NY State Restroom Access Act – The Ally’s Law

NY State Restroom Access Act – The Ally’s Law
May 28, 2015 Yoely Drummer

WE NEED YOUR HELP to pass the NY State Restroom Access Act, a bill that will allow people with qualifiable medical conditions, like inflammatory bowel disease (IBD), access to employee restrooms in businesses.

Two years ago, we asked you to join our campaign about the “The Restroom Access Act” is also known as “Ally’s Law,” we BH got a lot of people involved, but sadly at the end it failed again due to some wording issues.

A few month ago, on January 7, 2015, bill A277-2015 was introduced again by Assemblywomen Amy Paulin (88th District), an act to amend the public health law, in relation to enacting the Crohn’s and Colitis fairness act, this “The Restroom Access Act” is also known as “Ally’s Law,” so named for Ally Bain, a teen that was spurred to action after she experienced an IBD-related accident. Ally was denied access to an employee-only restroom while shopping. Ally was instrumental in getting the first version of the Restroom Access.

The Restroom Access Act is a law passed in several states that requires retail establishments that do not have public restrooms to provide access to employee-only restrooms to patrons in need. This can include people who have inflammatory bowel disease (IBD), irritable bowel syndrome (IBS), pregnant women, and those who have other chronic conditions.

The Restroom Access Act has been passed in a total of fifteen states: Colorado, Connecticut, Illinois, Kentucky, Maine, Maryland, Massachusetts, Michigan, Minnesota, Ohio, Oregon, Tennessee, Texas, Wisconsin, and Washington. The act has been passed in these states largely as result of grassroots efforts. There is support for a federal version of the act, and several other states have similar laws currently in the works.

In Senate it was introduced as bill S4918-2015 by Senator Kemp Hannon, chairman of the prestigious Senate committee on Health.

One of the easiest things to do to generate support for Bill A277/S4918 – The Crohn’s and Colitis Fairness Act – Restroom Access, is to send an email to your legislators.
It is very simple to do. First locate your Senator by going to this link http://www.nysenate.gov/senators and your Assemblyperson by going to this link http://assembly.state.ny.us/mem/search/ and put in your street address. Once you identify your Senator and Assemblyperson click on their name and there will be a place that says “contact me”. That will generate an email form or address and then all you have to do is insert the following type of wording:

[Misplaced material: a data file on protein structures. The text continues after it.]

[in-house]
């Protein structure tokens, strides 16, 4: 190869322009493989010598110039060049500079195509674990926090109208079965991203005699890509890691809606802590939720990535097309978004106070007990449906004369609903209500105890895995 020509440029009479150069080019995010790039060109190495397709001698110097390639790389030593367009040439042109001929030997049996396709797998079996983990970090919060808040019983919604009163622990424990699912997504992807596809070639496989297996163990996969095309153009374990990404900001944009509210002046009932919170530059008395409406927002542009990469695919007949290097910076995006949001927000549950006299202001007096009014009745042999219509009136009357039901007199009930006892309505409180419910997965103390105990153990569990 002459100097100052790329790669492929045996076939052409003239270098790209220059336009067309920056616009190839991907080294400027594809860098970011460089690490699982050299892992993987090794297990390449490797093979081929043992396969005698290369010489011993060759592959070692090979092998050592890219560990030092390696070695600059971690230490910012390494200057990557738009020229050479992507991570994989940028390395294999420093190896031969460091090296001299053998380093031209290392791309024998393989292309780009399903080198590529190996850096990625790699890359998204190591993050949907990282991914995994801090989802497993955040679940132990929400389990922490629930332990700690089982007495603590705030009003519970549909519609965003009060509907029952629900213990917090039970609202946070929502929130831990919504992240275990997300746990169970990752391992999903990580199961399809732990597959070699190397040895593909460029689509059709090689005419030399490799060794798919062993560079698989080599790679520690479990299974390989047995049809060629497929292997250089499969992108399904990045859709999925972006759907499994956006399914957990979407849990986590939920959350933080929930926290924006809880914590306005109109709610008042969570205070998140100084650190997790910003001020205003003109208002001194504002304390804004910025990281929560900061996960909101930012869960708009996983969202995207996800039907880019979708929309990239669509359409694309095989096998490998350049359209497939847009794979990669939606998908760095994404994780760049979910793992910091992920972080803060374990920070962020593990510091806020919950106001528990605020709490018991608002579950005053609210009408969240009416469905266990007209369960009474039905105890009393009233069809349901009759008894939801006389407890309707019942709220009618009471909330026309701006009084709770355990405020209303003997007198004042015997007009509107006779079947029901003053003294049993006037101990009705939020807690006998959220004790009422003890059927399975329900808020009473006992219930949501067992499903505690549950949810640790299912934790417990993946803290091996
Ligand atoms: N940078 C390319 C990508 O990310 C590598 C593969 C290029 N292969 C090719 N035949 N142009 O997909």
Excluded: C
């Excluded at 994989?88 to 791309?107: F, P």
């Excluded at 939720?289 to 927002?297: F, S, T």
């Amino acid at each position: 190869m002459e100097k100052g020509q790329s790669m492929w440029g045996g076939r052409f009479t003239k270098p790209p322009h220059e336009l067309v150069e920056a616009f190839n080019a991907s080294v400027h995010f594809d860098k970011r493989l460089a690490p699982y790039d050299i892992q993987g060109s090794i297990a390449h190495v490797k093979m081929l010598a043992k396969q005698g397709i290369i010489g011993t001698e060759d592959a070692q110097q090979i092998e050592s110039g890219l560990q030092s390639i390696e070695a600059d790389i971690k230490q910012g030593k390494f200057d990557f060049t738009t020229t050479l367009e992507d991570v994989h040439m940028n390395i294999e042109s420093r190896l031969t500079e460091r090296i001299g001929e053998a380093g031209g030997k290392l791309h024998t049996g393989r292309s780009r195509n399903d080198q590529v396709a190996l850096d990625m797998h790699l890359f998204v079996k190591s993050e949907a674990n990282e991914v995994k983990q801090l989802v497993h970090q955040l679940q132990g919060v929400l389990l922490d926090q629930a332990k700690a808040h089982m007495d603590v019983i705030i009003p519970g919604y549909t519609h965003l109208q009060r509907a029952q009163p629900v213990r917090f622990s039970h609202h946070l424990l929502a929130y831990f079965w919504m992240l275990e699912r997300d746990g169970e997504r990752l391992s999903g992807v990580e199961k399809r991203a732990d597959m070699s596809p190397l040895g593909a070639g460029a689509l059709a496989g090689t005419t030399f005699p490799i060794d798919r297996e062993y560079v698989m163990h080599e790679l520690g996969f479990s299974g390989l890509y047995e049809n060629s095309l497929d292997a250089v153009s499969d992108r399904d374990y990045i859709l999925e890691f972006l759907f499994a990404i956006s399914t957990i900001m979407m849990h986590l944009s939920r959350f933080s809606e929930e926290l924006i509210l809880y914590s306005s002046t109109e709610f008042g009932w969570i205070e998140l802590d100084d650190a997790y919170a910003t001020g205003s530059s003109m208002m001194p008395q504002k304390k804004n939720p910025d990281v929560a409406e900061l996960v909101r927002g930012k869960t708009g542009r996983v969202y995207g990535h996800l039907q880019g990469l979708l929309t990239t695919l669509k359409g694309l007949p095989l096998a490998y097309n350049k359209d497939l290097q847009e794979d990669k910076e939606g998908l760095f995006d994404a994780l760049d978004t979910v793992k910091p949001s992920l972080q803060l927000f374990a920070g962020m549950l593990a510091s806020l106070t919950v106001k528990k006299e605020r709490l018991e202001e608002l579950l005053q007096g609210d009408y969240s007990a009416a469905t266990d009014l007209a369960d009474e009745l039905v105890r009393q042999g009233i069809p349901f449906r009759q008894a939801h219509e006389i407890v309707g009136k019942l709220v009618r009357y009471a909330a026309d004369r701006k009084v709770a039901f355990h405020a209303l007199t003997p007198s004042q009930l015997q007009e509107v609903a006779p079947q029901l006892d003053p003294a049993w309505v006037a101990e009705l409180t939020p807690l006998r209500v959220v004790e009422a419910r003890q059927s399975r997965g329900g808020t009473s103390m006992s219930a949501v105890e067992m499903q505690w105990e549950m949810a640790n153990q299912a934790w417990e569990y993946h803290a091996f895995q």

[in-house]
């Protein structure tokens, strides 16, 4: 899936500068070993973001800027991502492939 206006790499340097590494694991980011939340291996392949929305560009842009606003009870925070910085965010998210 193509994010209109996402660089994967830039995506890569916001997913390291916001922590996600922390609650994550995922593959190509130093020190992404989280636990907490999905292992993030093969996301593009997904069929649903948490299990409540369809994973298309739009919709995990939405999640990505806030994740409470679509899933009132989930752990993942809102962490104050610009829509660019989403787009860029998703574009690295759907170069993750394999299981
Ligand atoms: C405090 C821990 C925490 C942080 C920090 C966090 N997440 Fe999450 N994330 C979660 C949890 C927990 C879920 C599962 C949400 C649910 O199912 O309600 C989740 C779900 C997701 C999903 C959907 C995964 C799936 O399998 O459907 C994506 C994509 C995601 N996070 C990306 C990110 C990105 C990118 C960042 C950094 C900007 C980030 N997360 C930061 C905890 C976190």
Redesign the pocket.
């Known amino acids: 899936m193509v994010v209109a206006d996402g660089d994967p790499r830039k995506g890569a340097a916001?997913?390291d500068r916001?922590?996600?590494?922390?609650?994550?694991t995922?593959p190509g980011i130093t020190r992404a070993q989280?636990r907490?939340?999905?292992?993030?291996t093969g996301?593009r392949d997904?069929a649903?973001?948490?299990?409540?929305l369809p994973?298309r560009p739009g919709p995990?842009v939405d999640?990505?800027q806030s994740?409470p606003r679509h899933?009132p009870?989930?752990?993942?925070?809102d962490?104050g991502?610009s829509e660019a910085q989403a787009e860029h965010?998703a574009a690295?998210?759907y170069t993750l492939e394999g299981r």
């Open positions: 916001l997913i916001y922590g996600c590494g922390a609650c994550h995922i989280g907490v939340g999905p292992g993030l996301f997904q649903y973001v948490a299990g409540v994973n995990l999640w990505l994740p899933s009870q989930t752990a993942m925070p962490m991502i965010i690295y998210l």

Dear ______________

I am a voter/constituent in your district and I am asking for your support of Bill A277/S4918, which enacts the “Crohn’s and Colitis Fairness Act” providing Restroom Access. This bill would allow people with medical conditions that require urgent restroom use–such as the inflammatory bowel diseases (IBD) Crohn’s disease and ulcerative colitis–to use an employee’s-only restroom when a public one is not available and it is safe for the business to do so.

In NY State there are more than 100,000 people with these debilitating diseases. I am sure you can imagine how it must feel to be denied access to a bathroom when you so desperately need one. This Bill is important to me because… (I have IBD or am related to or friends with – whatever personal connection you wish to share).

Please support this bill and vote for it when it comes before you. If you need more information please feel free to contact the Jewish Crohn’s & Colitis Group (JCCSG) or visit http://jccsg.blogspot.com/2015/05/ny-state-restroom-access-act-allys-law.html

Thank you,

Your name

A simple thing like this from many of us can be what it takes to get the Bill passed. Let’s blanket NY State with requests for support of this necessary Bill. Please let one of us know if you are able to do this and we will keep track of all the legislators reached.

If you think you can or know someone who can help us out achieving this, please contact us.

A277-2015 Page 1

A277-2015 Page 2
S4918-2015 Page 1
S4918-2015 Page 2

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